What you Need to Know about the California Covid-19 Residential Eviction Moratorium

Coronavirus/COVID-19 by Brewer Firm Team

In light of the Coronavirus (“Covid-19”) Pandemic that has affected schools, businesses, housing and employment, Governor Newsom executed two Executive Order’s regarding evictions.

The March 16, 2020, Executive Order N-28-20 authorizes local governments to halt residential and commercial evictions based on nonpayment of rent due to loss of income or substantial out of pocket medical expenses associated with the 2020 Covid-19 pandemic.

The March 27, 2020, Executive Order N-37-20 (“State-Moratorium”) applies to all nonpayment of rent due to impacts of the Covid-19 outbreak for residential tenants within the State of California. The State-Moratorium immediately took effect and it expires on May 31, 2020, unless extended by Governor Newsom.  

Local governments are permitted to enact their own ordinances so long as there is no conflict with the State-Moratorium. As landlord and tenants must navigate and abide by the State-Moratorium as well as any local moratoriums, below is a highlight of the State-Moratorium for both landlords and tenants.

Landlord’s Duty:

If a tenant does not pay rent during the State-Moratorium period, a landlord must serve the tenant a 3-Day Notice to Pay Rent or Quit, which shall be in compliance with Code of Civil Procedure Section 1161(2). The landlord is not required to, but should also, serve the tenant a copy of State-Moratorium and any local moratoriums. 

No-fault evictions are permitted under the State-Moratorium; however, if the tenant is deemed an Affected Tenant, defined below, then a landlord is not permitted to proceed with a no-fault eviction. The State-Moratorium precludes all California Superior Courts from issuing a Writ of Possession against an Affected Tenant and precludes law enforcement from enforcing any Writs until the expiration date of May 31, 2020.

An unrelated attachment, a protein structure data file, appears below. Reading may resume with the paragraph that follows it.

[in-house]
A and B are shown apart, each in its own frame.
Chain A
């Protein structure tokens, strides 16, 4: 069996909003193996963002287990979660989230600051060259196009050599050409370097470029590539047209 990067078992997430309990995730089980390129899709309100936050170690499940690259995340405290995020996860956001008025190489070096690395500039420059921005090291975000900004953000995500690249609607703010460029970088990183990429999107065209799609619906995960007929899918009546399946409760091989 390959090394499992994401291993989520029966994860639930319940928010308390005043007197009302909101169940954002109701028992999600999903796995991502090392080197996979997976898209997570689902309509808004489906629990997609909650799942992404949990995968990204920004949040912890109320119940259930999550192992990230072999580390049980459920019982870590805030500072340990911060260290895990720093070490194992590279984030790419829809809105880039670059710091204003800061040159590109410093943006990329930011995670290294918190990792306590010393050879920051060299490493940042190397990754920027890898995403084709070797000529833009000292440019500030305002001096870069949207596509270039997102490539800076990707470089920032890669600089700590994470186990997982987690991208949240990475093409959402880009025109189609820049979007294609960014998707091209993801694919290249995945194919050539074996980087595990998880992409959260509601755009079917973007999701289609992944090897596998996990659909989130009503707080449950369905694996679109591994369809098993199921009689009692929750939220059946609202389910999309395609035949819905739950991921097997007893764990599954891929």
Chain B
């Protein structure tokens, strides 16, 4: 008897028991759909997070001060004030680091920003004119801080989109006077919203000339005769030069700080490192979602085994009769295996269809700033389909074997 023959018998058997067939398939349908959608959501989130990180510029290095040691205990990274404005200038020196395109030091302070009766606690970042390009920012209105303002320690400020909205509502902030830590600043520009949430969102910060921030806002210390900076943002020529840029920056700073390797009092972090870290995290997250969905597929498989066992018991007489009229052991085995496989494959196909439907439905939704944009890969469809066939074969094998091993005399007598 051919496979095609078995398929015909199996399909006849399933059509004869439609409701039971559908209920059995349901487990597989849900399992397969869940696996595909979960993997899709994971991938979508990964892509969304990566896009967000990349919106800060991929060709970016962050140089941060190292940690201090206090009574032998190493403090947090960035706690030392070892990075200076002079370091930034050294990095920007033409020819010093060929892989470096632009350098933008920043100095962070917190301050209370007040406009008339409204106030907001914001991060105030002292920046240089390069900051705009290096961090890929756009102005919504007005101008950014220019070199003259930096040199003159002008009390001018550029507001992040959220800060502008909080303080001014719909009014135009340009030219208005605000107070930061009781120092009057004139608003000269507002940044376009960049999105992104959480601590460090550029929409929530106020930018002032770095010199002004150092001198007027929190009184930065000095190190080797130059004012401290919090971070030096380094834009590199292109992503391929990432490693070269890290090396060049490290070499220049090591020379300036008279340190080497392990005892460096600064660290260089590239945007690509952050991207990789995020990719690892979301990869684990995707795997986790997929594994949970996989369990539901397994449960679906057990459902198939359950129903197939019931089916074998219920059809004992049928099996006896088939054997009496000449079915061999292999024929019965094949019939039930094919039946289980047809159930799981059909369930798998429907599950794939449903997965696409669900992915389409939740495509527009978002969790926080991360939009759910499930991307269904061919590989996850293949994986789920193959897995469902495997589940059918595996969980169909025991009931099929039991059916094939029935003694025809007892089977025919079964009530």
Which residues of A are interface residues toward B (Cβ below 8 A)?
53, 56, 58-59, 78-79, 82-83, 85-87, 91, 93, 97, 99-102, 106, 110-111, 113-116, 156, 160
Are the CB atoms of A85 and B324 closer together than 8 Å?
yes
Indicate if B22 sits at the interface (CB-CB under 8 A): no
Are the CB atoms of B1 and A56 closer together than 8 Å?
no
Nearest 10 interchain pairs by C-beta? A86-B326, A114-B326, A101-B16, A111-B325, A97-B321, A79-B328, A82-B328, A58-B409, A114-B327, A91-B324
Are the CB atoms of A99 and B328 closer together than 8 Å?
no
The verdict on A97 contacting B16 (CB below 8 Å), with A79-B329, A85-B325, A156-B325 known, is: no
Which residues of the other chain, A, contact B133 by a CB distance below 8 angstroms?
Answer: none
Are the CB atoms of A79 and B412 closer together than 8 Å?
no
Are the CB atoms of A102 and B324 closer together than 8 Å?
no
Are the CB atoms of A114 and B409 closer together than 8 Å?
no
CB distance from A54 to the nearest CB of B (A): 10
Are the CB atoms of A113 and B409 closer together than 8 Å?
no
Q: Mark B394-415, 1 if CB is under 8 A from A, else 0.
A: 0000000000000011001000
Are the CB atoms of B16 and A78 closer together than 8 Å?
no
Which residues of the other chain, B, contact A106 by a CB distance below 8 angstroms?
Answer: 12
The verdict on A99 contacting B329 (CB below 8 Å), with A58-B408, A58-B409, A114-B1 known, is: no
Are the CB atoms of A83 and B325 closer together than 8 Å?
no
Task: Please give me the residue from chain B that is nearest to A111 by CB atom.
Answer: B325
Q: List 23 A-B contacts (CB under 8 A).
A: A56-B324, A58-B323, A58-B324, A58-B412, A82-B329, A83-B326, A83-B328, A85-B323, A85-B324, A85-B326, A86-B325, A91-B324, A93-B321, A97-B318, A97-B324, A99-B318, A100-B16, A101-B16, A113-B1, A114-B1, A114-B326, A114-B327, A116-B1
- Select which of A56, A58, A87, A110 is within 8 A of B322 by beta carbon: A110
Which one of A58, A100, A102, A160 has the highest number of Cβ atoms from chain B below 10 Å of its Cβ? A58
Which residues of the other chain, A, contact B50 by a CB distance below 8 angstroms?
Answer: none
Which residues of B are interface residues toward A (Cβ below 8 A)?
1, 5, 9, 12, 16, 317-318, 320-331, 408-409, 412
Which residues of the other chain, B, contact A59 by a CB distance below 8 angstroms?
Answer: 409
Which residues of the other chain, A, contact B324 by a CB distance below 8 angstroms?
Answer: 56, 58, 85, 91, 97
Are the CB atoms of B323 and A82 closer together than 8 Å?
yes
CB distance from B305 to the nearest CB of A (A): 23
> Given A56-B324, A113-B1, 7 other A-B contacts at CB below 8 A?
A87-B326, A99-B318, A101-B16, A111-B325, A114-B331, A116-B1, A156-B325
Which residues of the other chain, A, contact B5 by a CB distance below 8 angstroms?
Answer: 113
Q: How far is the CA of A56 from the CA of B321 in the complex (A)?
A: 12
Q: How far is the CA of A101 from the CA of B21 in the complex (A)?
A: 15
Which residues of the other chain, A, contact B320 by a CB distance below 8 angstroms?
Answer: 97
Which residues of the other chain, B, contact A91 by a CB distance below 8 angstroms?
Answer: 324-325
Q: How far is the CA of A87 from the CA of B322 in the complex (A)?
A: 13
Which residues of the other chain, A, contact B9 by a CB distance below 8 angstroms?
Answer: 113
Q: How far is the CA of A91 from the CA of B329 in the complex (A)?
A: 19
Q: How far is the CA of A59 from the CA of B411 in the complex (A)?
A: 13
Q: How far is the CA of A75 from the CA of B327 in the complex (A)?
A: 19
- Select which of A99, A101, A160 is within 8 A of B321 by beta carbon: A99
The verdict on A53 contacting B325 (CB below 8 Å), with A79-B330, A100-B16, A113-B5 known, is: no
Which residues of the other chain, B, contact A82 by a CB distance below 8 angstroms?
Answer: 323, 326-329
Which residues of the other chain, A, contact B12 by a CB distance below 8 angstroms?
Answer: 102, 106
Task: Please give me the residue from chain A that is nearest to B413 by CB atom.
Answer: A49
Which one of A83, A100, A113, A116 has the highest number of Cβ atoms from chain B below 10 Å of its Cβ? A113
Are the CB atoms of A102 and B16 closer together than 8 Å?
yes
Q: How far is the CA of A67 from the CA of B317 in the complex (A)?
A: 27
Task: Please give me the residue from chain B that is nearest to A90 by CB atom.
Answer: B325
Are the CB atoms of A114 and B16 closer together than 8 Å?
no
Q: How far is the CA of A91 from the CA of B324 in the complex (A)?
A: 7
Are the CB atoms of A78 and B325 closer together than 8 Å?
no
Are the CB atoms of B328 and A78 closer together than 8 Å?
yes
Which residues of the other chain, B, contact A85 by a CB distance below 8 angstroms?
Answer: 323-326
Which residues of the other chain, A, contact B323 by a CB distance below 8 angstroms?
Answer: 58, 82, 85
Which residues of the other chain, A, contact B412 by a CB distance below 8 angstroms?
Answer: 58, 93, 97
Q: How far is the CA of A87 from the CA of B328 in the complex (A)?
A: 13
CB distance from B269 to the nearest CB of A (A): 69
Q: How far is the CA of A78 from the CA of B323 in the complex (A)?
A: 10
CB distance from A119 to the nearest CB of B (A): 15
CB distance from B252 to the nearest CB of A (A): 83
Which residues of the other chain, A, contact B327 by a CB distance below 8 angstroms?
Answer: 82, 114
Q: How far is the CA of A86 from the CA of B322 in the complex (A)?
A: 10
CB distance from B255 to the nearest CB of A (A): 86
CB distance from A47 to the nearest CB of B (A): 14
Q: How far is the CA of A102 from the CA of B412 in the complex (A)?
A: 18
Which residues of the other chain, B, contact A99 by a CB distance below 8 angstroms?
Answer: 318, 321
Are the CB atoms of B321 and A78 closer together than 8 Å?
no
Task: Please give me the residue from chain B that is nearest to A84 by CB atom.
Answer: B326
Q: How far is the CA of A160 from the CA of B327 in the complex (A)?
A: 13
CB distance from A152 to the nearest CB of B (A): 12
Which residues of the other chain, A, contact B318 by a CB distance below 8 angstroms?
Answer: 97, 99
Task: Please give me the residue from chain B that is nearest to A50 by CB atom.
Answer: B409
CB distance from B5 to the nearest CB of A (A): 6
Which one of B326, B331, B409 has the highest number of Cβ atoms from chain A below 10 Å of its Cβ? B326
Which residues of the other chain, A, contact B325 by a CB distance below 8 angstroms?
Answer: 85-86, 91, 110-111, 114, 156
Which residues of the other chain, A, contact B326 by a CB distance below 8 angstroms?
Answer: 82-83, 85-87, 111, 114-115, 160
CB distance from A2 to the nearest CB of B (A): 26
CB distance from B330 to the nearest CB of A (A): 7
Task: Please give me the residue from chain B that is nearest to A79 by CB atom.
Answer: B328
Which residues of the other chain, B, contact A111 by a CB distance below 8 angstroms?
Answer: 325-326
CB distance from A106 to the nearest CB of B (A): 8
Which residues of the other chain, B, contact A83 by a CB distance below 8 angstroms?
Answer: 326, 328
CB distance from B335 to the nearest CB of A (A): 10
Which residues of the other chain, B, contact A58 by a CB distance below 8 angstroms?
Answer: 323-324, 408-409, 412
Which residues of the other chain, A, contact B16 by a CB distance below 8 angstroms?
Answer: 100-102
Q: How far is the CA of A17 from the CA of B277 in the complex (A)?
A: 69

Tenant’s Duty:

A tenant who has lost their income or has incurred substantial out of pocket medical expenses associated with the 2020 Covid-19 pandemic or any local, State, or federal government response to the pandemic (“Affected Tenant”) must notify their landlord in writing of such financial hardship to stop an eviction based upon nonpayment of rent before rent is due or within 7 days from the date that rent is due.

There is no mandatory notification form that the Affected Tenant must use, so they may prepare their own notice.

In such notification, the Affected Tenant does not need to provide documented proof of their loss of income, or substantial out of pocket medical expenses for themselves or their immediate family members related to the 2020 Covid-19 pandemic until the Affected Tenant has to pay the back rent owed.

Documented proof can include, but is but is not limited to:

  1. Termination letter/reduced hours letter from employer citing Covid-19;
  2. Paycheck stubs from before/after Covid-19 outbreak; 
  3. Bank statements from before/after Covid-19 outbreak; or
  4. Other objectively verifiable proof of the same.

Though Affected Tenants will not have to pay rent during the State-Moratorium period, they remain liable for the unpaid rent once the State-Moratorium period expires on May 31, 2020. The State-Moratorium is a delayed payment of rent, not a waiver of rent.

Affected Tenants should review any County or City Ordinances regarding evictions as the State-Moratorium does not address 1) late fees or other costs associated with nonpayment of rent and 2) the date in which landlords may collect back rent.

Tenants who have not lost their income or incurred substantial out of pocket medical expenses associated with the 2020 Covid-19 pandemic or any local, State, or federal government response to the pandemic shall pay rent in their usual course. 

Local Ordinances:

Various Counties and Cities within the State of California have issued their own Covid-19 Eviction Moratoriums; thus, landlords and tenants should contact their attorney and/or local governments to learn if an eviction moratorium has been adopted and how it applies to them.

Changing landscape:

The State-Moratorium is based upon the current landscape of Covid-19 and depending on its spread and other measures taken by Federal and Local Governments, the State-Moratorium may be extended to a further date, altered or expired by May 31, 2020.

Landlords and tenants should check with their attorney and/or the State’s website in order to ensure that no changes to the State-Moratorium have occurred since the posting of this article.

Brewer Offord & Pedersen LLP will continue to monitor the State’s response and will provide updates when appropriate

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